I think it’s also always good to take these personality tests, we just did that at one of our events and I do it, it’s great to do it every three or four years because you’re always going to learn something. Either you’re changed, you haven’t changed or you’re having a need to change because even in sales you’re still the quarterback of your customer base, you’re still the leader of that, you always need to adjust to different situations and it’s very important that you always hone in on those skills. There’s always a way that all of us can improve so it’s very important, thank you for bringing that up.

Fred Diamond: Tim, give us one final thought for the sales professionals listening today and then Tamara, you’ll close it down for us.

Tim Atkinson: Just a tad of background, I apologize for that but I was on a webcast a week or 10 days ago and it happened that in the background of the presenter there was a wall chart and shame on me for not paying attention to the content of the webcast because I spent the entire time trying to decipher what was on the wall chart and here’s what it was. It said, “Keep your thoughts positive because thoughts become words. Keep your words positive because words become behavior. Keep your behavior positive because behavior becomes habits. Keep your habits positive because your habits define your destiny.” Then in the very smallest print in the bottom of the chart I was able to discover who I needed to attribute that quote to, and I should let you guess but I won’t, Mahatma Gandhi. I’m an attitude guy, I talk about it all the time, I believe in it all the time, I try to live it all the time in terms of positivity with my team, with my clients and so forth and I just thought that series, words, habits, behaviors become destiny, that’s what it’s about.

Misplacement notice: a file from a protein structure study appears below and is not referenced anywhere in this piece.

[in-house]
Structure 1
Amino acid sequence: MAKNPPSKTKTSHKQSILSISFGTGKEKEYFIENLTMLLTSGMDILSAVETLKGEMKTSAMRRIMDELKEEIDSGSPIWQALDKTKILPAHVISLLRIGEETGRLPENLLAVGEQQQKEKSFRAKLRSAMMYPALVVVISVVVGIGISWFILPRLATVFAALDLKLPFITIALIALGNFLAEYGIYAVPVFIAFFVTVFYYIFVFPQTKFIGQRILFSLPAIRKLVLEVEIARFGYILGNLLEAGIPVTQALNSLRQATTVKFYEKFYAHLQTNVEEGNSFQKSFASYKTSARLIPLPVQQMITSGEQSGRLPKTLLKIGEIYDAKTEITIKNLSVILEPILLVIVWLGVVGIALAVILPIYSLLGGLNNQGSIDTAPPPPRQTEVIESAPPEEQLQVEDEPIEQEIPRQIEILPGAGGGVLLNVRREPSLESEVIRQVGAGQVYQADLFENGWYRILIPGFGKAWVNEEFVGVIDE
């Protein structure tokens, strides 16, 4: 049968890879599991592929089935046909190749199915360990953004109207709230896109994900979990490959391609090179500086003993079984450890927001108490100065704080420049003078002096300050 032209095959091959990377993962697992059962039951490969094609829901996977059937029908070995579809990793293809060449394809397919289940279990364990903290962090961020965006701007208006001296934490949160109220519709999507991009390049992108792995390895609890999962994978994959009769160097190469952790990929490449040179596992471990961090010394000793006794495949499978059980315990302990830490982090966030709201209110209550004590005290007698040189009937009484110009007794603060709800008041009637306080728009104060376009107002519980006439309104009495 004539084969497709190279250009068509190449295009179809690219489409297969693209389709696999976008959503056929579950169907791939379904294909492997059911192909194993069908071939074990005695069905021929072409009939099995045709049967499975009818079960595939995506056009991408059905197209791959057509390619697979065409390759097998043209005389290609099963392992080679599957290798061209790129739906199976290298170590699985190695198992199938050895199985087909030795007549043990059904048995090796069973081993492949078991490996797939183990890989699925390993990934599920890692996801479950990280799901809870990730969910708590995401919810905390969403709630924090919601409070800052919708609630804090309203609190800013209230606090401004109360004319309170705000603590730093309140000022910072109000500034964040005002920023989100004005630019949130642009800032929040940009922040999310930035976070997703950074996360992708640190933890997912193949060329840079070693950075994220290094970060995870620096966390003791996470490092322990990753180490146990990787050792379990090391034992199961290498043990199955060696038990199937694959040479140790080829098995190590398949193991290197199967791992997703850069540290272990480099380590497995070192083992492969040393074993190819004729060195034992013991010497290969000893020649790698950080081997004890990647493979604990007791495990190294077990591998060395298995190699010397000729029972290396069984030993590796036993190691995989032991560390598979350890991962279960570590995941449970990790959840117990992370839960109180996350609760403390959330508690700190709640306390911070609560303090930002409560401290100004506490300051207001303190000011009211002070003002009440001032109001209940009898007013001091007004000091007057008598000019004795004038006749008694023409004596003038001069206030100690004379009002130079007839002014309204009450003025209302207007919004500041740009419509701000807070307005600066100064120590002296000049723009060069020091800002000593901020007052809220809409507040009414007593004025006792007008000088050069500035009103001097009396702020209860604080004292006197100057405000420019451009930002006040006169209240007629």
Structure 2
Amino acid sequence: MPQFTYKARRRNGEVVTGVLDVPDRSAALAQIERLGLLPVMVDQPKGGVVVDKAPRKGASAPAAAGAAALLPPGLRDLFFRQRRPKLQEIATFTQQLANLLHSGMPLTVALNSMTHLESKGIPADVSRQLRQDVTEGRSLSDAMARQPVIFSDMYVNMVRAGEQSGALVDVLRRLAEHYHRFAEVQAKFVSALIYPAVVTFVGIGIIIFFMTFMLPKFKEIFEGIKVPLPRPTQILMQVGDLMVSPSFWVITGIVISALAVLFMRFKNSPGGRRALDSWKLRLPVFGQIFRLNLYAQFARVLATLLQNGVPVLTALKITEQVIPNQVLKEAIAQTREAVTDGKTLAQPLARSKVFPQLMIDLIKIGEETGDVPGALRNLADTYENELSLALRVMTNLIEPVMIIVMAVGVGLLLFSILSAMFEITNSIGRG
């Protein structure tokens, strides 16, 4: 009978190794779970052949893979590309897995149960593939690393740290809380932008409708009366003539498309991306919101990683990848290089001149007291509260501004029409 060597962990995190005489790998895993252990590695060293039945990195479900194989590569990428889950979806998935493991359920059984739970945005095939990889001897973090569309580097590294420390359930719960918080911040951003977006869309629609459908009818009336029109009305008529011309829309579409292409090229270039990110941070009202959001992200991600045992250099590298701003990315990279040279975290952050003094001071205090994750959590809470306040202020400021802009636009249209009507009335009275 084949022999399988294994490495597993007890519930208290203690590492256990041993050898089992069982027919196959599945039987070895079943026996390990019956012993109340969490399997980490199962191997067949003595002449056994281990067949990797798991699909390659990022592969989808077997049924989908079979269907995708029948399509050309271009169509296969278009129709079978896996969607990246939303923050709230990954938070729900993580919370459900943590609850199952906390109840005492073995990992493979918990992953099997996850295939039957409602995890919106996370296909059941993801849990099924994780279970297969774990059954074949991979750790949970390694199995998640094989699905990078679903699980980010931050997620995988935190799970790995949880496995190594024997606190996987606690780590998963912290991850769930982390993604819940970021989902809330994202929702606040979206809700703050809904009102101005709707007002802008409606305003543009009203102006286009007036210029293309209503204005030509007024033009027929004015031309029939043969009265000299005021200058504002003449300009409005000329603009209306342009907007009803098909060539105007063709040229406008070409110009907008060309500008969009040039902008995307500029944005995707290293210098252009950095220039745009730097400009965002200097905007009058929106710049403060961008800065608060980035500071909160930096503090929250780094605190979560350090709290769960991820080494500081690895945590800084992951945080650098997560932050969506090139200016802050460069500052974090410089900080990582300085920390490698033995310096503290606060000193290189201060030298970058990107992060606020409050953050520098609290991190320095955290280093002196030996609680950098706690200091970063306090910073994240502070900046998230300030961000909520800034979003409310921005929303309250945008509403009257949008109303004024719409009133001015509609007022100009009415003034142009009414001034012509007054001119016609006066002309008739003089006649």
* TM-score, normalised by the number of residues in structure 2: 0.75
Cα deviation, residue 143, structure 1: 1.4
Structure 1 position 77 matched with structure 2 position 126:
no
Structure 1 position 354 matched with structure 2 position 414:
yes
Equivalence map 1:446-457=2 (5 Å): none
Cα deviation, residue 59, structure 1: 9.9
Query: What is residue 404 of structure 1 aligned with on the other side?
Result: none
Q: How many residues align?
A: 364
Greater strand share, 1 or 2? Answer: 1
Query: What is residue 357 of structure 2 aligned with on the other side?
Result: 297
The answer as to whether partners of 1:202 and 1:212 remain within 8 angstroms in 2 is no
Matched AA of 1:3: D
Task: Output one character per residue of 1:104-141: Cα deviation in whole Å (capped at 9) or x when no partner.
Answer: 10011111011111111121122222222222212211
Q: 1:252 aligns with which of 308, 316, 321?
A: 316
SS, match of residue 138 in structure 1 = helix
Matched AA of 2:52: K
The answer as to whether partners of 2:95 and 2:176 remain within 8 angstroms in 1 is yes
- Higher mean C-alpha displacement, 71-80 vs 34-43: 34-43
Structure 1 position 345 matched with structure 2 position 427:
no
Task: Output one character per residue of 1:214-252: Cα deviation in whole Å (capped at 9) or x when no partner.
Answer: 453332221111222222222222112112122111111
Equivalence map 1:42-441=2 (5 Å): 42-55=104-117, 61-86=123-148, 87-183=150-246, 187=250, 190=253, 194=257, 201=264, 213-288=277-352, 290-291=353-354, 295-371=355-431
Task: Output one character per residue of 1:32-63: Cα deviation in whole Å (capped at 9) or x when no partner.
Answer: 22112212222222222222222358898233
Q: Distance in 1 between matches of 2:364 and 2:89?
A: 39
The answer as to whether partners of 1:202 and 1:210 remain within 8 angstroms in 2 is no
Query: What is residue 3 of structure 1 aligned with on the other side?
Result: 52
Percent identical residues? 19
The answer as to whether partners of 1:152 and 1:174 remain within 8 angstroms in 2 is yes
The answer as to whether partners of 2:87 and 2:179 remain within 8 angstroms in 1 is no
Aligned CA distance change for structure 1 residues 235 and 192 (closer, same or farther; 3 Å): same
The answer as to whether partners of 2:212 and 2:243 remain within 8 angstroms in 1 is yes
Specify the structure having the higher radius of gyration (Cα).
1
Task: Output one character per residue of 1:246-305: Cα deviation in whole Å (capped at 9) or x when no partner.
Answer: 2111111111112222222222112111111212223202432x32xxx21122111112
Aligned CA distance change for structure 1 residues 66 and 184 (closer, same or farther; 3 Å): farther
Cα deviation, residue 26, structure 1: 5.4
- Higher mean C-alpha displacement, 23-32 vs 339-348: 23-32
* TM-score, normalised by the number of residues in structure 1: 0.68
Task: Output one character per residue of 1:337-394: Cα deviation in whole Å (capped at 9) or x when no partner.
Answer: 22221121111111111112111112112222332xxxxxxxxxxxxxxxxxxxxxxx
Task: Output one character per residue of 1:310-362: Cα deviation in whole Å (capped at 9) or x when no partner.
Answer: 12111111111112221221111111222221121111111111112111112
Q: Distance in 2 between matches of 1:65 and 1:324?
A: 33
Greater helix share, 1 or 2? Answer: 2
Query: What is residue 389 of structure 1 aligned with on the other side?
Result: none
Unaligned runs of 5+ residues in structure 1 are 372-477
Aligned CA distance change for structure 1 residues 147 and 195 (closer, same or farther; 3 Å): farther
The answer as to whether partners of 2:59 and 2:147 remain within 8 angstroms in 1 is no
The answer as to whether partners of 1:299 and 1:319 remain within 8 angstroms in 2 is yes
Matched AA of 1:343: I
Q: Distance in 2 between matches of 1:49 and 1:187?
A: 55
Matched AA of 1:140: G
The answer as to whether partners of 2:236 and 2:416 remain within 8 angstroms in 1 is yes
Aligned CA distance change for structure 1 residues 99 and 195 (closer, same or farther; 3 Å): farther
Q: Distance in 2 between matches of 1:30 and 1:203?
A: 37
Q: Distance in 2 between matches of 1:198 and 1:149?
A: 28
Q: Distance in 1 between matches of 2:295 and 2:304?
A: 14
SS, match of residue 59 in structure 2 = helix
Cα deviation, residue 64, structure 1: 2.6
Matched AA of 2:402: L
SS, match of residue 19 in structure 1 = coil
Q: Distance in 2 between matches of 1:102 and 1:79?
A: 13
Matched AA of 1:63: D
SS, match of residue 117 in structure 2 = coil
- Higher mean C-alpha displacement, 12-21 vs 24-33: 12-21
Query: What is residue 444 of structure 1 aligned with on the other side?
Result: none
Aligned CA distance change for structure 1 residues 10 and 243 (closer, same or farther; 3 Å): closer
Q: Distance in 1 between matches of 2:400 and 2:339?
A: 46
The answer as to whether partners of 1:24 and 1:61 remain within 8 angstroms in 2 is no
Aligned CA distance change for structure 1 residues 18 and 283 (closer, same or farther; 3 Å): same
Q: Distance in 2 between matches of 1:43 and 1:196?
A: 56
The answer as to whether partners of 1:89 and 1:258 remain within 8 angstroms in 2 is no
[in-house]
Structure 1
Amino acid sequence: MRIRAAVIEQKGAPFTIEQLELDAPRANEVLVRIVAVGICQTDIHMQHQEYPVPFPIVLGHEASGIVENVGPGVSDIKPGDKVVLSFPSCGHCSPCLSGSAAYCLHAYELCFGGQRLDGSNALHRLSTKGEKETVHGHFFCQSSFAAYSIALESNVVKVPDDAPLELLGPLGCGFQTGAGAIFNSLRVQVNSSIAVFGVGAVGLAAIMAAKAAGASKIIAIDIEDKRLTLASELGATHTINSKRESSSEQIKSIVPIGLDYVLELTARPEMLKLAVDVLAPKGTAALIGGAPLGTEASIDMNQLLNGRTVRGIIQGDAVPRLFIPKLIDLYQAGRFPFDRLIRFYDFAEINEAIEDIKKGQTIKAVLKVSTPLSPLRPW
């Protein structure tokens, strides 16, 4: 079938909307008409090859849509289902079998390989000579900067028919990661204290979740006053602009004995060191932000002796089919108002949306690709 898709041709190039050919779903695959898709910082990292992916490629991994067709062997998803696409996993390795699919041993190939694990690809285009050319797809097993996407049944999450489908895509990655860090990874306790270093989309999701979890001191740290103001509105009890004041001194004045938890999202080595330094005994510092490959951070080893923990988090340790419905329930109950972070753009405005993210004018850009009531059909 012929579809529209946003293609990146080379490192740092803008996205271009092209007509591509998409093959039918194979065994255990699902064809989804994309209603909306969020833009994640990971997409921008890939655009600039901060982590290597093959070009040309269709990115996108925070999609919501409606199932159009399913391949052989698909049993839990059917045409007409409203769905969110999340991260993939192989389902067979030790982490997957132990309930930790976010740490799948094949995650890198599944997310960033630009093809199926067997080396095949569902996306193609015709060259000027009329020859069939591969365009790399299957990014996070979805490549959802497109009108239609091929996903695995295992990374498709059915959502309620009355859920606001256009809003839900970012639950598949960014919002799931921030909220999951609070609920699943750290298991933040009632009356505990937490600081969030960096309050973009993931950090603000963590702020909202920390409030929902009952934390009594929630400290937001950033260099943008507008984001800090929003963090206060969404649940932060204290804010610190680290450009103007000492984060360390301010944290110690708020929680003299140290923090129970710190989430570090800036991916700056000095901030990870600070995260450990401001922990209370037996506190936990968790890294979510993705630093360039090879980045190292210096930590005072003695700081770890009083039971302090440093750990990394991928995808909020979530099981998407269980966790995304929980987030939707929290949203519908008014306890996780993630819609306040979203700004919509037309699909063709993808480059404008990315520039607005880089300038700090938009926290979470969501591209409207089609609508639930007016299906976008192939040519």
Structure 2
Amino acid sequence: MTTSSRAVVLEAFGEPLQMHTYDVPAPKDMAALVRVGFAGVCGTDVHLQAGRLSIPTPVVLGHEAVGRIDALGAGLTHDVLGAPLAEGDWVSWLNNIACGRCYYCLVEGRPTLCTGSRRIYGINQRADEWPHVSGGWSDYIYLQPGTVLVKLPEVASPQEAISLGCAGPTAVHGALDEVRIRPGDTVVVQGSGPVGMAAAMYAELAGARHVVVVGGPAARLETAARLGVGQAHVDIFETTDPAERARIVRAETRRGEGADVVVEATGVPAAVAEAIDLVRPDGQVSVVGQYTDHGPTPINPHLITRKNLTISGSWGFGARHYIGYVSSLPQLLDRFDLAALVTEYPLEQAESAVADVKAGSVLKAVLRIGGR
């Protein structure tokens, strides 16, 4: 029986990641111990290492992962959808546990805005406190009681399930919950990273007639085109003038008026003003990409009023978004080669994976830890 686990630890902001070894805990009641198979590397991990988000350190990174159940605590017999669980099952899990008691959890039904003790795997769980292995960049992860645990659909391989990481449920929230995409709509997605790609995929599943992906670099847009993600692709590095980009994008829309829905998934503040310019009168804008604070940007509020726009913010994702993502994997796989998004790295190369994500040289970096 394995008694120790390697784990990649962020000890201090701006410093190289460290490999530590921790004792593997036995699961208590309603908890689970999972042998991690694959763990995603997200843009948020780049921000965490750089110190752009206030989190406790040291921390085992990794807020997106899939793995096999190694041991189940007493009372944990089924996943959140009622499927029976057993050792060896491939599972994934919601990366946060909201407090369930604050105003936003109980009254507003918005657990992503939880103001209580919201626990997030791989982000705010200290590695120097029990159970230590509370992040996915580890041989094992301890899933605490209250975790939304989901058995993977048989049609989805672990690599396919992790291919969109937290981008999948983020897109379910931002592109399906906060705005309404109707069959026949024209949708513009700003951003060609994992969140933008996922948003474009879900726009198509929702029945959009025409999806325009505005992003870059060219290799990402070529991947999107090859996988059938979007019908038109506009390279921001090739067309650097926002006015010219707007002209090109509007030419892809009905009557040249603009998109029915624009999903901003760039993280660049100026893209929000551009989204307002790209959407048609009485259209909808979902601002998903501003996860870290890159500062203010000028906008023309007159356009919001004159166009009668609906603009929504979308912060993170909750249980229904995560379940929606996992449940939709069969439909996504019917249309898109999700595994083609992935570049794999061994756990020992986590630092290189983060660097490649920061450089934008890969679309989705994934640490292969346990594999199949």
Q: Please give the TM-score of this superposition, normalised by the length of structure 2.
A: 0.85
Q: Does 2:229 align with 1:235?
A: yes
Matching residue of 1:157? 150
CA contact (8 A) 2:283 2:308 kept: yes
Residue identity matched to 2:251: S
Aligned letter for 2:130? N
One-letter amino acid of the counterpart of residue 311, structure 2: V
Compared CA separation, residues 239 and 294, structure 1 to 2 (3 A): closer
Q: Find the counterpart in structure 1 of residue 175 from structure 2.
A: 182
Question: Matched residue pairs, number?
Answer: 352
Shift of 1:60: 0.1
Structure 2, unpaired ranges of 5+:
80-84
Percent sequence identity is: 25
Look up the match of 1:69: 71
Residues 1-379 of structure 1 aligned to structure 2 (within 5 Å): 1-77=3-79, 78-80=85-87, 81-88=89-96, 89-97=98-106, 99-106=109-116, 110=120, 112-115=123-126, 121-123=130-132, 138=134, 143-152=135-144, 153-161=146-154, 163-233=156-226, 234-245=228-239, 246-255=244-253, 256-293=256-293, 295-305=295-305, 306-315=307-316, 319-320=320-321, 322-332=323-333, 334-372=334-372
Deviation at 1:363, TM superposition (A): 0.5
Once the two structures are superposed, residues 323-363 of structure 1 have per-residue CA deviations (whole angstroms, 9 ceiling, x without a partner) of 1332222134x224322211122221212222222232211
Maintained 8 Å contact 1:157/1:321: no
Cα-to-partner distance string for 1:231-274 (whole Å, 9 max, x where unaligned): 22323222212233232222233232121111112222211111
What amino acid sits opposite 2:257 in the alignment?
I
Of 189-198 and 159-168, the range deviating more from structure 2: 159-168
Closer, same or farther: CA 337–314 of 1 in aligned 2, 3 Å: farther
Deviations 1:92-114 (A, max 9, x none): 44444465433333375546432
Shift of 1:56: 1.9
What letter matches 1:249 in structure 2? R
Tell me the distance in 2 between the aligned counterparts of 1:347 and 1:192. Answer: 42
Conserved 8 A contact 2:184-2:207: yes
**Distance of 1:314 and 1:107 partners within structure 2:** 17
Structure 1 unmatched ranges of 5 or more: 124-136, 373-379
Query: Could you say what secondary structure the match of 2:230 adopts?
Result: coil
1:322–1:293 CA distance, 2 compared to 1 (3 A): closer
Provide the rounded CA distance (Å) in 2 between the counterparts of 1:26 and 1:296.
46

Fred Diamond: Tamara Greenspan, why don’t you give us one final thought? Thank you both, Tim and Tamara for the great insights. Give us one final thought to inspire everybody today.

Tamara Greenspan: As we’re all adjusting to the new norm of I just encourage everyone to be patient and remember, communication, it’s all about communication. When you’re reaching out to someone new that you don’t know either at LinkedIn or sending an email, especially LinkedIn, write a short message of who you are and why you want to connect and what the value is. Don’t just say, “Add me” because that is not going to do it and do that if you’re also emailing a potential customer or somebody from another company you want to meet, introduce yourself, tell them why you want to meet because don’t just say, “Let’s get together.” I encourage you to just be concise and communicate.

Transcribed by Mariana Badillo